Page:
London & Capital, one of the first British wealth management companies in London to begin looking after American expats around the time that President Obama signed the Foreign Account Compliance Act into law in 2010, has announced that it is formally expanding its operations across the EU, with the launch of a new, Barcelona-based entity it's calling London & Capital Europe (LCE).
FATCA is the U.S. tax evasion-prevention law that has made American expats' financial lives complicated in a range of ways since even before it came into force in 2014, and driven almost all of them to seek professional help at some point.
In a statement announcing the new operation, London & Capital chief executive Guy McGlashan noted that Europe has "always been an important market for us," but now, "the strength of the business, combined with the market re-opening post-pandemic, has allowed us to take [this] next step."
Separately, he admitted that the UK's departure from the EU was also a factor, as it has been for many wealth management entities that have opened outposts in Europe recently.
The announcement of the new operation also comes a little more than a month after the company announced that it had sold a "majority stake" to a Philadelphia-based private equity firm known as Lovell Minnick Partners, and that it expected to use the injection of fresh capital to help it to "grow and develop."
The new operation will be headed by partner and chief investment officer Pau Morilla-Giner (pictured left), who is originally from Barcelona himself, and who has been with London & Capital since 2008.
He will be supported on the ground in Barcelona by a local team that includes Diego Pajaro, a senior client adviser, and others, London & Capital said.
London & Capital's head office is located in the Fitzrovia district of London. In addition to its new office in Barcelona (which is located on Ronda del General Mitre, not far from the English-language EU Business School, which in turn is located near the La Bonanova Metro station), it has an outpost in St. Thomas on the Caribbean island of Barbados.
The company was founded in 1986 in London by Daniel Freedman, a British financial services executive who had begun his career with Allied Dunbar, a British life insurance company that later was acquired by Zurich Financial Services.
Freedman died suddenly in October, 2019, after which the running of the company was turned over to Guy McGlashan, now its chief executive, working alongside Iain Tait, head of L&C's private investment office, and Morilla-Giner.
Barcelona as a destination
for American expats
It was not immediately known how many Americans currently live in Barcelona, but to judge by the existence of a website for Americans there (www.americansinbarcelona.com ), an Americans in Barcelona Facebook page with 637 members, and the presence in and around the city of such English-language educational entities as the EU Business School (www.euruni.edu), the decision to open London & Capital's new office there could well turn out to have been a wise decision.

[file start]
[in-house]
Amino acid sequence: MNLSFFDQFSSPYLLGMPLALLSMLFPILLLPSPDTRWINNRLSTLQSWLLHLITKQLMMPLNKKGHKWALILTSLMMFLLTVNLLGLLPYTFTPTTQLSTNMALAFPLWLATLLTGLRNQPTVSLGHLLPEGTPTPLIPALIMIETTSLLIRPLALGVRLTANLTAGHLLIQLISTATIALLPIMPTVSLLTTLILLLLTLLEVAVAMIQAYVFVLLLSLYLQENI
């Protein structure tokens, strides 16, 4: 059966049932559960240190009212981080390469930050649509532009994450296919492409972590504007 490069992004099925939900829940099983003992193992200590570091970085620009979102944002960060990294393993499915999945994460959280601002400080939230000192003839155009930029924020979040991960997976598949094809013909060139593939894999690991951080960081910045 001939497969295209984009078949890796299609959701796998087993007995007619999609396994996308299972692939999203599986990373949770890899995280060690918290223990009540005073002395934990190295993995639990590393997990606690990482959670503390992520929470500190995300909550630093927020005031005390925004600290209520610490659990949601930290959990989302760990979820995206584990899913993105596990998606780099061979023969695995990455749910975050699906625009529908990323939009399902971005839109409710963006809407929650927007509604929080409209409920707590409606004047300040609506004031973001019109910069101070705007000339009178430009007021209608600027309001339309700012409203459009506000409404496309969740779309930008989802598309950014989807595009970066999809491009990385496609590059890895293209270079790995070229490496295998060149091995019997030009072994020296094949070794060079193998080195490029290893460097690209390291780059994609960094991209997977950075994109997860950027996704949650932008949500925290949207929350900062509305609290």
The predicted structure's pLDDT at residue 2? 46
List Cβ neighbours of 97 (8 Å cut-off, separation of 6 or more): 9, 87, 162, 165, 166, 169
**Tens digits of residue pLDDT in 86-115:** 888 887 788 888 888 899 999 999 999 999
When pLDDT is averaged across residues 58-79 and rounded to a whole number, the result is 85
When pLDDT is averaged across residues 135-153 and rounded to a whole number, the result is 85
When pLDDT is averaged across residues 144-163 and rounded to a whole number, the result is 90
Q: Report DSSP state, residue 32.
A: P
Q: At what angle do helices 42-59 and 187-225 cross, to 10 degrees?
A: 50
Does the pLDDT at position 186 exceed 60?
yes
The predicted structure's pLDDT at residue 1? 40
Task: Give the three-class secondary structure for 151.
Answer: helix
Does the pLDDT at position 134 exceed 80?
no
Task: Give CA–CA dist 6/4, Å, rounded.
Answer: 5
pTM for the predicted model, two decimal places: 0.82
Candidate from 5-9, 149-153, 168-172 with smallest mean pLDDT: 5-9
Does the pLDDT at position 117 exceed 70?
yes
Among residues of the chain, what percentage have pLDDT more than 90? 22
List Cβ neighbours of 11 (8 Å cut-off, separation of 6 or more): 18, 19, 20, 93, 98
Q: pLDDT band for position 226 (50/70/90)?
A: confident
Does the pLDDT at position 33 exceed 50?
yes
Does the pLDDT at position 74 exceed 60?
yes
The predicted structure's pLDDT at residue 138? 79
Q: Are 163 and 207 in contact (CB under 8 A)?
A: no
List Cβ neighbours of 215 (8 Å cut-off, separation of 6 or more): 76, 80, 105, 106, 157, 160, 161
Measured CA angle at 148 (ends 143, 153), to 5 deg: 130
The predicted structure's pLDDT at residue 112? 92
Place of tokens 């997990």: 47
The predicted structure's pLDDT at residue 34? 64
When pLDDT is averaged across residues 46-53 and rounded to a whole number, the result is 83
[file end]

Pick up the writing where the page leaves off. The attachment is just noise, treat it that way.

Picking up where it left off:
The most recent Expat Insider survey, meanwhile, published last week by InterNations and based on responses from 12,000 individuals, ranked Spain as fifth overall in its Top 10 destinations globally for expats (of all nationalities) to live in, and in first place on its Quality of Life Index.
"Expats love the variety of culinary and dining options on offer (91% vs. 77% globally), and they describe healthcare as both affordable (79% vs. 61% globally) and available (82% vs. 73% globally)," InterNations says, in its report, about Spain.
"While Spain ranks tenth in the Ease of Settling In Index, it narrowly misses out on a top 10 spot in the Personal Finance Index (11th).
"Still, 70% are happy with the cost of living, compared to 45% globally."
It says Spain also "performs well in the Expat Essentials Index (14th)", but that 52% find it hard to deal with the local bureaucracy (vs. 39% globally)", while the country scores poorly in the InterNations report's Working Abroad Index (37th), "mainly due to a lack of personal career opportunities (27% vs. 22% globally) and not feeling fairly paid (24% vs. 20% globally)".
Overall, though, it concludes, "83% of expats are happy with their life in Spain."
Such was evidently already the thinking at Citigroup, the New York-based, NYSE-listed banking and financial services group, recently. Because, as reported earlier this year, the company revealed that it was a establishing a new "hub" in the Costa del Sol city of Málaga, Spain, in order, it was said at the time, to offer certain of its younger employees a better work-life balance.
"The message is clear: the key driver behind many junior [bank employee] departures is the search for a better work-life balance," Manolo Falcó, Citi's global co-head of its Banking, Capital Markets and Advisory unit, was quoted as having said, in a statement.